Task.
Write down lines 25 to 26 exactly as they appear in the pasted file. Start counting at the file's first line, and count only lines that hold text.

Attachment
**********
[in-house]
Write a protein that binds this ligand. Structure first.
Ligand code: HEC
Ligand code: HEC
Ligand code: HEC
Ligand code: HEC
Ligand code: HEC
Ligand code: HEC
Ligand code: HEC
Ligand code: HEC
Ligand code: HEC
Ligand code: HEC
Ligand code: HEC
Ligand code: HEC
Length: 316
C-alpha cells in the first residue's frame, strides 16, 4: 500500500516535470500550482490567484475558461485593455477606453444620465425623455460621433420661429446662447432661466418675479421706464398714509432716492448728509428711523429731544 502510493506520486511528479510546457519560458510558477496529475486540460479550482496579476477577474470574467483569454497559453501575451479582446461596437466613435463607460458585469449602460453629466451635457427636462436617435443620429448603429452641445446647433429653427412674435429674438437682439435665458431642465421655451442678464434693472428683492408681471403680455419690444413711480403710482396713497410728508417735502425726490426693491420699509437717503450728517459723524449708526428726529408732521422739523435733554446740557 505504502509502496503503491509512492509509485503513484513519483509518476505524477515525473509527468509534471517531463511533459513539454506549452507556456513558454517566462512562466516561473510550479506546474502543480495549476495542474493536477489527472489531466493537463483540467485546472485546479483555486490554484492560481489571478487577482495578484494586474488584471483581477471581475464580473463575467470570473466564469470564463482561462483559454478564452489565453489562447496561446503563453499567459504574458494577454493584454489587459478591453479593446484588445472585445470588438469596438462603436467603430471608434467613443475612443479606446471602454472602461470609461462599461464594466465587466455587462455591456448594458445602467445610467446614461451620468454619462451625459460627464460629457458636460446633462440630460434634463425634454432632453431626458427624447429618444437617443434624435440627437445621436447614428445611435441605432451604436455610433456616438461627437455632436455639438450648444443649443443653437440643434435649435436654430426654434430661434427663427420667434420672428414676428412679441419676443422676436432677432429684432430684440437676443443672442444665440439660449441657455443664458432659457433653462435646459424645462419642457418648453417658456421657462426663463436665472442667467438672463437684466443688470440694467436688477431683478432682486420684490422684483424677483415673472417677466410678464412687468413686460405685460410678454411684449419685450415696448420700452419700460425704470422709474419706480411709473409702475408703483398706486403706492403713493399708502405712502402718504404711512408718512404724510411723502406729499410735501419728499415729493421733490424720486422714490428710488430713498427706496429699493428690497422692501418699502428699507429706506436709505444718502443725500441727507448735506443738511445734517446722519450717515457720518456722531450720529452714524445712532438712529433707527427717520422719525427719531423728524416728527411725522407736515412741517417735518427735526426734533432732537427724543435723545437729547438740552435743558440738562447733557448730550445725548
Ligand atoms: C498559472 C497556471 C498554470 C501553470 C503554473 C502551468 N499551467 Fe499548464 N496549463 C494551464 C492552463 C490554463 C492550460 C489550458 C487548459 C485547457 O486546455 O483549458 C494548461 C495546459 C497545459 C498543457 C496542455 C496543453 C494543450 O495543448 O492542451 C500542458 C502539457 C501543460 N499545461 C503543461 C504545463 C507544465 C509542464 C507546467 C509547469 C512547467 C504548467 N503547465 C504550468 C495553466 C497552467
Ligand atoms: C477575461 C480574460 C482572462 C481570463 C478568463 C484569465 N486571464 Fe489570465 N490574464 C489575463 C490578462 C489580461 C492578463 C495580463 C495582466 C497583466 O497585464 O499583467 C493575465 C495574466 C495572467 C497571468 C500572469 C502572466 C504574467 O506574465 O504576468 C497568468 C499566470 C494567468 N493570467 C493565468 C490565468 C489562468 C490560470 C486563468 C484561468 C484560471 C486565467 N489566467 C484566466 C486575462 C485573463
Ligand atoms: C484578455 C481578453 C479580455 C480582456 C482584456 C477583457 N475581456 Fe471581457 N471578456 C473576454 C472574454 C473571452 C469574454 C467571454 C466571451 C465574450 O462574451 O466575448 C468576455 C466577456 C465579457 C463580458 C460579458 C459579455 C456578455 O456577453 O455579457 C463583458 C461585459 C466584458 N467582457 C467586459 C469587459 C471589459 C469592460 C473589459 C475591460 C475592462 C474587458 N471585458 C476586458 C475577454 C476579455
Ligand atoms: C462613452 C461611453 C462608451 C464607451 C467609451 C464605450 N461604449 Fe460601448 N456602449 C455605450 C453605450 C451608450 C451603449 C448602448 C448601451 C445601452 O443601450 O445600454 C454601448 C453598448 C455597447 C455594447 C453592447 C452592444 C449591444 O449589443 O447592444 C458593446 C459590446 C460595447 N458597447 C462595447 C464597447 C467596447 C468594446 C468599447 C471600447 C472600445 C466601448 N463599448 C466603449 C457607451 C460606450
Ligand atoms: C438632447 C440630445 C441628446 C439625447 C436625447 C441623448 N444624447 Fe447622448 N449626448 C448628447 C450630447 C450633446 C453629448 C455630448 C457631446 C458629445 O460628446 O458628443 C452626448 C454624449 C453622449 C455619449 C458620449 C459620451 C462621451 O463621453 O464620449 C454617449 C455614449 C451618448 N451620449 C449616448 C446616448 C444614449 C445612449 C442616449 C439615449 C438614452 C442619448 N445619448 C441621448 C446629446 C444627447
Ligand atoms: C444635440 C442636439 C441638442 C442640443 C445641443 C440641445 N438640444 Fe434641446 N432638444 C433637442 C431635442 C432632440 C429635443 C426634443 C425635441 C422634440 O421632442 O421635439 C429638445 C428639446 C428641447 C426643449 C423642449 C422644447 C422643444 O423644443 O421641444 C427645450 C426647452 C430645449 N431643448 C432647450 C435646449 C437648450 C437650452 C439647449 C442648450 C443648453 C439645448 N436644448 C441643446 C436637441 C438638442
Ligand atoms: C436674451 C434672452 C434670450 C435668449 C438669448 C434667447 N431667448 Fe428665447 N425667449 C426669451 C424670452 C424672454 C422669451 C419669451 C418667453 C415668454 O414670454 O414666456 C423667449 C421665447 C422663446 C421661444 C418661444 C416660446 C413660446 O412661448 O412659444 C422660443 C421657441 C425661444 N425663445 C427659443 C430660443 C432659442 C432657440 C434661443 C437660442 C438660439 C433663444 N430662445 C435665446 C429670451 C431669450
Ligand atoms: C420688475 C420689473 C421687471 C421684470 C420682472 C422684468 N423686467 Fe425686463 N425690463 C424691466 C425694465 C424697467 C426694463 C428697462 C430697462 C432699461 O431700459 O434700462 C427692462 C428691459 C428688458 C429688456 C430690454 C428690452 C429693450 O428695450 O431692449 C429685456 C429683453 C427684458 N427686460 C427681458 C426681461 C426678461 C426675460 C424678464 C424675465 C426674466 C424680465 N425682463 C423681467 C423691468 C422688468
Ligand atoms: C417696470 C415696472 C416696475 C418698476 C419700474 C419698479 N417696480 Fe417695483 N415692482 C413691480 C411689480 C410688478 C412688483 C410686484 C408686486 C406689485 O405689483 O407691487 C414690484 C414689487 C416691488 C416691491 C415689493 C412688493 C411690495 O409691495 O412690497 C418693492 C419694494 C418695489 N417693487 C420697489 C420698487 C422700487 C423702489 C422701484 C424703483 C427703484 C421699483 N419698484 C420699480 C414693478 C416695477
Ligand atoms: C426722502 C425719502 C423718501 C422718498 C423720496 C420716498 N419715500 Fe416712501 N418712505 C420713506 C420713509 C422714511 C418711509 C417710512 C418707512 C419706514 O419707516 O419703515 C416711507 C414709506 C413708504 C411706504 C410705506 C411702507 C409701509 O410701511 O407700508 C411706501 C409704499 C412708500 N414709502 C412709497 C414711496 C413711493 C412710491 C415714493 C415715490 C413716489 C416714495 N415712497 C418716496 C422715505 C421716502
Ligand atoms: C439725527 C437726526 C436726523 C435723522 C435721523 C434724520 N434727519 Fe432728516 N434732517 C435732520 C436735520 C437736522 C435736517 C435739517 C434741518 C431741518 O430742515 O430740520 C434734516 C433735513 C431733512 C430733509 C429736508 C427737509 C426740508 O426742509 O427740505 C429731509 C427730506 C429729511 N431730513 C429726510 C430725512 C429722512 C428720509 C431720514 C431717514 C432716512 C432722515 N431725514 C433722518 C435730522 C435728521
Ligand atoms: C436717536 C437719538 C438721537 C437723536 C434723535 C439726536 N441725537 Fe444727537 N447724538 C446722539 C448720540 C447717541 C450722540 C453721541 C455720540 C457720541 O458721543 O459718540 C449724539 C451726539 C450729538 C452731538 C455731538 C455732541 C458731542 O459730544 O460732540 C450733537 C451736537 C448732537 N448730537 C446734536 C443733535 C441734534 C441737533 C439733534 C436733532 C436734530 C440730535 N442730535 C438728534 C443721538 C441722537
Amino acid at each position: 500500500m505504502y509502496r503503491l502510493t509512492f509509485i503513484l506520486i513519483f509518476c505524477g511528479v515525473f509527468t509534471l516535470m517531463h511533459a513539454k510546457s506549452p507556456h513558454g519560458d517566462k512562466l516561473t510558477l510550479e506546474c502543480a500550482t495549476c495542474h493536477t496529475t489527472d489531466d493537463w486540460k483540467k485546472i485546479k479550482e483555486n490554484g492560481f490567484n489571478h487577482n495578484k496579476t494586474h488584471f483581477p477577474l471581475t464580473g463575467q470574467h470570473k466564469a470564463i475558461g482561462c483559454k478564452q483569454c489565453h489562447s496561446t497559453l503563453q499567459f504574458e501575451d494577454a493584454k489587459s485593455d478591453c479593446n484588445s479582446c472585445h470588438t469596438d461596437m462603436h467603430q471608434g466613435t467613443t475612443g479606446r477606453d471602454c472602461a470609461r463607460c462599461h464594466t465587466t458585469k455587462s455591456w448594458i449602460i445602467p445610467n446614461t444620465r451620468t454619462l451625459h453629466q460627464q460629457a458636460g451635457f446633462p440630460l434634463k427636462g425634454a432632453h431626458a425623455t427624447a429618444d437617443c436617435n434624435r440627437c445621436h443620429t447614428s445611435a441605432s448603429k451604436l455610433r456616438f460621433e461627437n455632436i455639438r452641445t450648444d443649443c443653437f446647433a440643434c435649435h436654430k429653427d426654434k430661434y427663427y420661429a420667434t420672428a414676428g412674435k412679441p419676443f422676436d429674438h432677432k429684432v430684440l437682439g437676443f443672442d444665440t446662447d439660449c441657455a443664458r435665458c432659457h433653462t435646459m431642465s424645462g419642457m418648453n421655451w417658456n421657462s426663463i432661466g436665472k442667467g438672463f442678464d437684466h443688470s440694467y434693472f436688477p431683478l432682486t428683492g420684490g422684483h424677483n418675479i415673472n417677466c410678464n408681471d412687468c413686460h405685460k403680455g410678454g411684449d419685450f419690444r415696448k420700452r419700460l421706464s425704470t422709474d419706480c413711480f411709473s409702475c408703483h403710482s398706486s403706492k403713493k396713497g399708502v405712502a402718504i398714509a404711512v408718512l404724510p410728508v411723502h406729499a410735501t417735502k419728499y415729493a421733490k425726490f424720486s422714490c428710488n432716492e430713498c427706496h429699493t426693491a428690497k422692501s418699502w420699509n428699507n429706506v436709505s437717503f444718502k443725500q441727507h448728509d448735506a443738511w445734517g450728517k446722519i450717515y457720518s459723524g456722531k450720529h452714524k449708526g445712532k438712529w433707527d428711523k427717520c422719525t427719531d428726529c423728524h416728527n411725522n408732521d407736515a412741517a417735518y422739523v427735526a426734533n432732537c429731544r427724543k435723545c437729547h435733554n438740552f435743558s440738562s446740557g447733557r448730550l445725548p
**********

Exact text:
Ligand atoms: C417696470 C415696472 C416696475 C418698476 C419700474 C419698479 N417696480 Fe417695483 N415692482 C413691480 C411689480 C410688478 C412688483 C410686484 C408686486 C406689485 O405689483 O407691487 C414690484 C414689487 C416691488 C416691491 C415689493 C412688493 C411690495 O409691495 O412690497 C418693492 C419694494 C418695489 N417693487 C420697489 C420698487 C422700487 C423702489 C422701484 C424703483 C427703484 C421699483 N419698484 C420699480 C414693478 C416695477
Ligand atoms: C426722502 C425719502 C423718501 C422718498 C423720496 C420716498 N419715500 Fe416712501 N418712505 C420713506 C420713509 C422714511 C418711509 C417710512 C418707512 C419706514 O419707516 O419703515 C416711507 C414709506 C413708504 C411706504 C410705506 C411702507 C409701509 O410701511 O407700508 C411706501 C409704499 C412708500 N414709502 C412709497 C414711496 C413711493 C412710491 C415714493 C415715490 C413716489 C416714495 N415712497 C418716496 C422715505 C421716502